A recent study led by Harvard’s Center for Global Health & Environment shows conclusive evidence of the positive effect of healthy indoor environments on cognitive functions. Using a controlled, double-blind experiment, the team saw a 61% increase in cognitive function in green building conditions and a 101% increase in enhanced green building conditions. This level of certainty has never been reached due to the confounding variables present in buildings; hence, a controlled experiment was required. It’s exciting to know this effect to justify better ventilation for office buildings. And since 90% of business expenses are connected to people, not utilities, healthy building design is a critical focus.

What this means for the industry: We now have the science to definitively back up the need for healthy indoor air. Improved ventilation, filtration, and non-toxic materials should no longer be debated. Let’s move on to more important issues.

The Investor Confidence Project provides an underwriting certification for energy audits to ensure energy efficiency projects are investor-ready.

We know that existing building stock is ripe with energy efficiency opportunities that can yield significant returns. However, how can investors be confident that their funds will be spent wisely and well-managed? Financial executives are unlikely to be engineers, so they are unable to review process and assumptions to ensure an audit’s financial analytics are sound. As well, long-term savings are heavily dependent on those operating the building. Therefore, the Investor Confidence Project provides an underwriting certification that makes energy efficiency a more viable investment product.

What this means for the industry: There will continue to be more private capital available for energy retrofits. Building owners will quickly get on board since this usually requires zero capital investment and immediate positive cash flow. Many large investor groups are interested in entering this market (e.g., Deutsche Bank) because if performed correctly, this is s a low-risk investment with high environmental and social impact.



Pushing Materials Transparency: Tips for Tackling LEEDv4’s Game-Changing Materials + Resources Credits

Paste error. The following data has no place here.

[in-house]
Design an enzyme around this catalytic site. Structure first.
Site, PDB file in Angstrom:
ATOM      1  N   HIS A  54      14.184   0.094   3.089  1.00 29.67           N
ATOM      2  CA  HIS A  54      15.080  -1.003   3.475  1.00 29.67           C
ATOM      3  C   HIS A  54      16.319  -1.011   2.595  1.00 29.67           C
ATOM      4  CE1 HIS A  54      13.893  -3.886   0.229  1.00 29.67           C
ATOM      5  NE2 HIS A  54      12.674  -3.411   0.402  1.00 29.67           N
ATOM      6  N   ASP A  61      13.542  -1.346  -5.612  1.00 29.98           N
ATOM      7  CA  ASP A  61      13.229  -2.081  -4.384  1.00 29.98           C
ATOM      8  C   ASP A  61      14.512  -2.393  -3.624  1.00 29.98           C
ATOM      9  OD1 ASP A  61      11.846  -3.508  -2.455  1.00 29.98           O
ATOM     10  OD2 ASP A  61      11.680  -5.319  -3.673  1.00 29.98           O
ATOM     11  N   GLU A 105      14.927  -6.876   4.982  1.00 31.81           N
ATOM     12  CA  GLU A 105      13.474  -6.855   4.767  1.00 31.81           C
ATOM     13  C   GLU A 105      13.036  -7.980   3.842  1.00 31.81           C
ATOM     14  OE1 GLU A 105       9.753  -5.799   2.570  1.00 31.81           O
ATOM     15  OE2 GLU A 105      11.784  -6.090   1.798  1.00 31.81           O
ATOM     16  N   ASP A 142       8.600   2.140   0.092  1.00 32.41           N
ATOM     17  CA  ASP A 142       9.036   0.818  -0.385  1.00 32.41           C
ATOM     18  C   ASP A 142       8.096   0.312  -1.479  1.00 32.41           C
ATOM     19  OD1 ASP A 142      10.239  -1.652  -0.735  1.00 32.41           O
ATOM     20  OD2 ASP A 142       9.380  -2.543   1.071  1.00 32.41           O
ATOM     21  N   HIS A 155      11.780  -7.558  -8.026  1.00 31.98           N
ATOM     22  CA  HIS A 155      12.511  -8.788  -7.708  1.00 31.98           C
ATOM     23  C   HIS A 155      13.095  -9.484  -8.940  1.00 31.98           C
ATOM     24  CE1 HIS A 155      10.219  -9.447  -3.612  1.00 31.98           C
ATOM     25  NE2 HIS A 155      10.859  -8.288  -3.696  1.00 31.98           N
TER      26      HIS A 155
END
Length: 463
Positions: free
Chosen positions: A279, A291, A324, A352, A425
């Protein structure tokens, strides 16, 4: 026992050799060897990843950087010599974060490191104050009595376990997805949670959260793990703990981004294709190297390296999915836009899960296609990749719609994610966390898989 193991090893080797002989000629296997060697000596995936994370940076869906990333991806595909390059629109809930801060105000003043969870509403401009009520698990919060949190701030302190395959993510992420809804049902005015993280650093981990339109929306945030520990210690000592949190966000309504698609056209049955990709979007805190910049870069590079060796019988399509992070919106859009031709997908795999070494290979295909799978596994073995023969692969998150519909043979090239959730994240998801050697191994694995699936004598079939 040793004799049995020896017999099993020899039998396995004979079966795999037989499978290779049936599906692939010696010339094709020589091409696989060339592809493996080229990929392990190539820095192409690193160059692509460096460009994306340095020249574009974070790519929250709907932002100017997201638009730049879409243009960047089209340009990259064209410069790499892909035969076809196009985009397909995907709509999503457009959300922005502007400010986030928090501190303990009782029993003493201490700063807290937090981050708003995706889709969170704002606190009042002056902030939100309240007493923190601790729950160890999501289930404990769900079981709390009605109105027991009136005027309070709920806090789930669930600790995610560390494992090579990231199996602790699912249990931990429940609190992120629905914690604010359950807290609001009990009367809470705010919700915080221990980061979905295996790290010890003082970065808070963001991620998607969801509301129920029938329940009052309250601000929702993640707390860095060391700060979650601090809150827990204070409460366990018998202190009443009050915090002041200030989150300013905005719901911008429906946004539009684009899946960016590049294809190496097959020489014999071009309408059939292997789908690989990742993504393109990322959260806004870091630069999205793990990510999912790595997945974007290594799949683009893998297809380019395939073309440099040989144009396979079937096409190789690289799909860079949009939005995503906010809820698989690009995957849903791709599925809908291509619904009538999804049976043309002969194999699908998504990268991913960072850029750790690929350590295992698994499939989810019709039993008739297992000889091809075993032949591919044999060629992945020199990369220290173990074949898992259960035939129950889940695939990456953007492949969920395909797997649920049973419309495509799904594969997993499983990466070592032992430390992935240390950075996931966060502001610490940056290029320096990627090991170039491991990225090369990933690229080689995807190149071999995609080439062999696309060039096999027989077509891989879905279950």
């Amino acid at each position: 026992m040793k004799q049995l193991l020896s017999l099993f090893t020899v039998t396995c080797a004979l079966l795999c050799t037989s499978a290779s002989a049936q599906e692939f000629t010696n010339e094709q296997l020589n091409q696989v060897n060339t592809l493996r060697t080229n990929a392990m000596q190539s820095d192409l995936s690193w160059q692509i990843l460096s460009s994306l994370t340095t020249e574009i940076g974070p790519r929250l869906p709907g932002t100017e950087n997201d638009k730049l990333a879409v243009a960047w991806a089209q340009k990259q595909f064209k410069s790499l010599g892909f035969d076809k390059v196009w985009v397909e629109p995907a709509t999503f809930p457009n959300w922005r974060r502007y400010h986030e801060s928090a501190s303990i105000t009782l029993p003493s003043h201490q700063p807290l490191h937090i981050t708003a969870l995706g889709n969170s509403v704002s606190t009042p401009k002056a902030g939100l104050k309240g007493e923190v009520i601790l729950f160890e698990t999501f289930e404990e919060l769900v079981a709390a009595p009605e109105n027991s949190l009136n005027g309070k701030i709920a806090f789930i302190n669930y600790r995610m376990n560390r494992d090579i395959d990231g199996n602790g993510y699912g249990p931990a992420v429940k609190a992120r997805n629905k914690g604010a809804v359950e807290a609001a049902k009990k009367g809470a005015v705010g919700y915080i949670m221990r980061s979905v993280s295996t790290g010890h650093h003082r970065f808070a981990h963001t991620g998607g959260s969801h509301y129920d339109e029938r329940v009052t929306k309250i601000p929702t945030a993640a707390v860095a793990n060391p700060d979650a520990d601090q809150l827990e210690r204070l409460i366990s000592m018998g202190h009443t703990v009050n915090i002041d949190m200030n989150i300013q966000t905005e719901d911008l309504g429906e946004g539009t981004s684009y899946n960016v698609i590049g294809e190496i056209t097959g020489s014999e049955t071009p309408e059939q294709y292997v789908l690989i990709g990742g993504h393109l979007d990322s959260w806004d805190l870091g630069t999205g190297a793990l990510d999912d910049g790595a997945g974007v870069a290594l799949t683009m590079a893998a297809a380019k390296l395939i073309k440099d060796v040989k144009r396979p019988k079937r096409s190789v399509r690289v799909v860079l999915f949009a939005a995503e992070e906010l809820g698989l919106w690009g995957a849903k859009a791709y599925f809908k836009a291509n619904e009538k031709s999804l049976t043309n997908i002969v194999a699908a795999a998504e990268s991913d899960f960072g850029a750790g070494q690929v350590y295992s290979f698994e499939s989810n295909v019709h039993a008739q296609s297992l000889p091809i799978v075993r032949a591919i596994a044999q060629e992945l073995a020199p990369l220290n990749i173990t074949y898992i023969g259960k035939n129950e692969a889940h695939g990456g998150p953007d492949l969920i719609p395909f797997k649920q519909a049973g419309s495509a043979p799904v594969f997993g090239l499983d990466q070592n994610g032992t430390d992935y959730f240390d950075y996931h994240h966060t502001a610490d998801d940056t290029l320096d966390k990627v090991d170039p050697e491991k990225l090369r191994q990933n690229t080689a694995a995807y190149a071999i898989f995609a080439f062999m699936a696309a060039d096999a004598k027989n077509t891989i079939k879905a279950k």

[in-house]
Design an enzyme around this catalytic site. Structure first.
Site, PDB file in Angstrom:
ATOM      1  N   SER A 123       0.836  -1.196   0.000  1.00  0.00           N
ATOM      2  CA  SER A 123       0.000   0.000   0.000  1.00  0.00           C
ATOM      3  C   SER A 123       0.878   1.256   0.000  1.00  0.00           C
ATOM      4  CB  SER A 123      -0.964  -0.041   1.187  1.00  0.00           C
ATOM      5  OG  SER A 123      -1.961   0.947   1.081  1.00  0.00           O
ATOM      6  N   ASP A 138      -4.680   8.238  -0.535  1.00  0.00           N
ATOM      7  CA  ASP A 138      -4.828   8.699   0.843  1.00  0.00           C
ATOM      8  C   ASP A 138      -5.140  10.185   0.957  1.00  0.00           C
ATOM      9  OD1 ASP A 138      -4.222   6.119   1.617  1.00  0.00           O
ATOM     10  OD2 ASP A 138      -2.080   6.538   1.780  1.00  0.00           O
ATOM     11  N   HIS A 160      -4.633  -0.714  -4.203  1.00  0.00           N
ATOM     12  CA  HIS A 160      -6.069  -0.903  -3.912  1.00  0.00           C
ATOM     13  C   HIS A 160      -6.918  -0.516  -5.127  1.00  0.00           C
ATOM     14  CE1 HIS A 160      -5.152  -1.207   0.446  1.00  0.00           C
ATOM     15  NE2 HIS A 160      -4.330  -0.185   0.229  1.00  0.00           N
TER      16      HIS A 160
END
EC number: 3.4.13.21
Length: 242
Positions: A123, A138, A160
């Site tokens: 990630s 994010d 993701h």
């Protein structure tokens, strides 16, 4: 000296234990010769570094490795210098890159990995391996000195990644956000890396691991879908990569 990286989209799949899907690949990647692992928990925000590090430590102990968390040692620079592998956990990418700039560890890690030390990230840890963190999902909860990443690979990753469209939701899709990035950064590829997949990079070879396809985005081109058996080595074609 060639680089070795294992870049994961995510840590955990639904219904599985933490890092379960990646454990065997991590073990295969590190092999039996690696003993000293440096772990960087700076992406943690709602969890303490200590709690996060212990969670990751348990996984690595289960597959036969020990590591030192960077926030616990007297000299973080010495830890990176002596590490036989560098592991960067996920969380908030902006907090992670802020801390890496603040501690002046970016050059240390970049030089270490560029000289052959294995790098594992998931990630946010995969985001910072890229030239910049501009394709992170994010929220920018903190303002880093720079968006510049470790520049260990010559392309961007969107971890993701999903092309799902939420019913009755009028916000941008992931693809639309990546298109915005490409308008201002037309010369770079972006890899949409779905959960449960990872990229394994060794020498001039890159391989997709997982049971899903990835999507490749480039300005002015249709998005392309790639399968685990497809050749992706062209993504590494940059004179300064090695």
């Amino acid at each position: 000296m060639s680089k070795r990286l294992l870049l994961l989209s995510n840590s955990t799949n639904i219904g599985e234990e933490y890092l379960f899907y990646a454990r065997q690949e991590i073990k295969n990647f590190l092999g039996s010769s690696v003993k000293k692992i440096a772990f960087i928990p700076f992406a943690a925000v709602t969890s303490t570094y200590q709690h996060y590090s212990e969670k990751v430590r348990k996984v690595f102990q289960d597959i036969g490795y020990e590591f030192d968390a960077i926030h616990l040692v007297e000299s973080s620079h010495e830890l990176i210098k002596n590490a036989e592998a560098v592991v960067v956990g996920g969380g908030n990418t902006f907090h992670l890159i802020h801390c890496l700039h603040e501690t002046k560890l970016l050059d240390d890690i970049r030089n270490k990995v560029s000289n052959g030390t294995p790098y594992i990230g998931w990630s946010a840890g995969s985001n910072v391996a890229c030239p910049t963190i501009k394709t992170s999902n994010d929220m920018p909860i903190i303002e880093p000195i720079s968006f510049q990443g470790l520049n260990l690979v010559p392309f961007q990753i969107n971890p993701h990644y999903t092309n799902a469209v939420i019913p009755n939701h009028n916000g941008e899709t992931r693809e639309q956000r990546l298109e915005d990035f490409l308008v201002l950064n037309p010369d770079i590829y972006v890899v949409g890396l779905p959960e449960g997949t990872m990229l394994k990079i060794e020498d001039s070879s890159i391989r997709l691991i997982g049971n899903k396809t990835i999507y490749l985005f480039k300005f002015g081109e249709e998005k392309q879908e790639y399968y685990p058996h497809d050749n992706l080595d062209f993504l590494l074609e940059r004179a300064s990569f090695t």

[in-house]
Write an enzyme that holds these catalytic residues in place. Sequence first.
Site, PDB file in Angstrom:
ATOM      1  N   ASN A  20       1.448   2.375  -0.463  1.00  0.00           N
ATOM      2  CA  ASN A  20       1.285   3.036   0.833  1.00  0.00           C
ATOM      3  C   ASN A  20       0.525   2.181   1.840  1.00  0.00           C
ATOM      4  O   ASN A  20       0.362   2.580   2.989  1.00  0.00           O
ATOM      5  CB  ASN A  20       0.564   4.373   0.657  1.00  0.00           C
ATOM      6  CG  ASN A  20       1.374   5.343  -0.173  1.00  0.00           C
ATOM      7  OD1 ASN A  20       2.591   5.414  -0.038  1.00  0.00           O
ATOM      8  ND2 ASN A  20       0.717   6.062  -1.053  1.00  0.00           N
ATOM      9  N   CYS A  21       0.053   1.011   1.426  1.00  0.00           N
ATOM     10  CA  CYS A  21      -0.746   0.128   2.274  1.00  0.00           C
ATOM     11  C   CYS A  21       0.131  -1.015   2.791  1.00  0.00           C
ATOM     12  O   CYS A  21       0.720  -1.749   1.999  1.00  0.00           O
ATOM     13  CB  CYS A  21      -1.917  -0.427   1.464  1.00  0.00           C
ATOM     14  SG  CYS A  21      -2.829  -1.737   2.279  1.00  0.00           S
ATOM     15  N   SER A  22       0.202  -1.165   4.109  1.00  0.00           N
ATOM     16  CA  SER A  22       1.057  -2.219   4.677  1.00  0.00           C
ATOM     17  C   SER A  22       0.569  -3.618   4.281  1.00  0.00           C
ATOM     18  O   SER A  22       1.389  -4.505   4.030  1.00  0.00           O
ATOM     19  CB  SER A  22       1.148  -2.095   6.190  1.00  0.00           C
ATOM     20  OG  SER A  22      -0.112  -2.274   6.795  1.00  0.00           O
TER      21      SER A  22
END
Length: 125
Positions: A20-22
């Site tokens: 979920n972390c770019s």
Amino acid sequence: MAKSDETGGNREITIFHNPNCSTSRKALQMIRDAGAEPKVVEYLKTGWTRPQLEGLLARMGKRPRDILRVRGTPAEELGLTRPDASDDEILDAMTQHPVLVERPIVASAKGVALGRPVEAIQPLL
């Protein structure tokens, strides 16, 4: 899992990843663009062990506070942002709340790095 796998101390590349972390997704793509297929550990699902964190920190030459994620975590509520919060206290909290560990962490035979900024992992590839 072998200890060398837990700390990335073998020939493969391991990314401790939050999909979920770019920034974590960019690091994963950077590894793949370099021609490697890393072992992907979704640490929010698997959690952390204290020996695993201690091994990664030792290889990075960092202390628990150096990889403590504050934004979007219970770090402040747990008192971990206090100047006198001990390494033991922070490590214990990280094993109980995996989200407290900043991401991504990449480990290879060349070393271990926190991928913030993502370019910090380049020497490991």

Before delving into LEEDv4’s Building Product Disclosure & Optimization (BPDO) credits consider these three product rules—shared by material experts Jennifer Atlee, Anne Harney, Paula Melton, and Kirsten Ritchie—that struck a chord with me:

  1. Compare with care: The intention of the BPDO credits is to encourage transparency. The more consumers ask for Environmental Product Declarations (EPD), Health Product Declarations (HPD), and Corporate Sustainability Reports (CSR), the more commonplace these will become. There’s still work to be done to standardize the information and methodology used in these reports. Until then, compare products with care and understand that just knowing the information is half the battle…for now.
  1. Let someone else do the work: There are numerous resources available to project teams to understand which products and organizations have EPDs, HPDs, and CSRs. Before getting lost in a rabbit hole, check out this Materials Mind Map for a comprehensive list of resources.
  1. Perfection is the enemy: More information brings more choices. This is great for the materials transparency movement, but can be overwhelming when trying to decide which material to use. Should you choose the carpet with low global warming potential but manufactured in China, or the one that’s local but contains toxic substances? There might not be a one-product-has-it-all option, so do your research and make the best informed decision for that particular project.

What this means for the industry: Achieving LEED BPDO credits may be difficult for now since the concepts are new to many product manufacturers and suppliers. However, the more the green building community shares its methods, challenges, and resources for achieving these credits, the faster we’ll see market adoption and the easier it will become to achieve these credits. It’s time to roll up our sleeves and work together to bring transparency to materials!

Josie_colorJOSIE PLAUT

Creating Living, Regenerative Environments Workshop Sold Out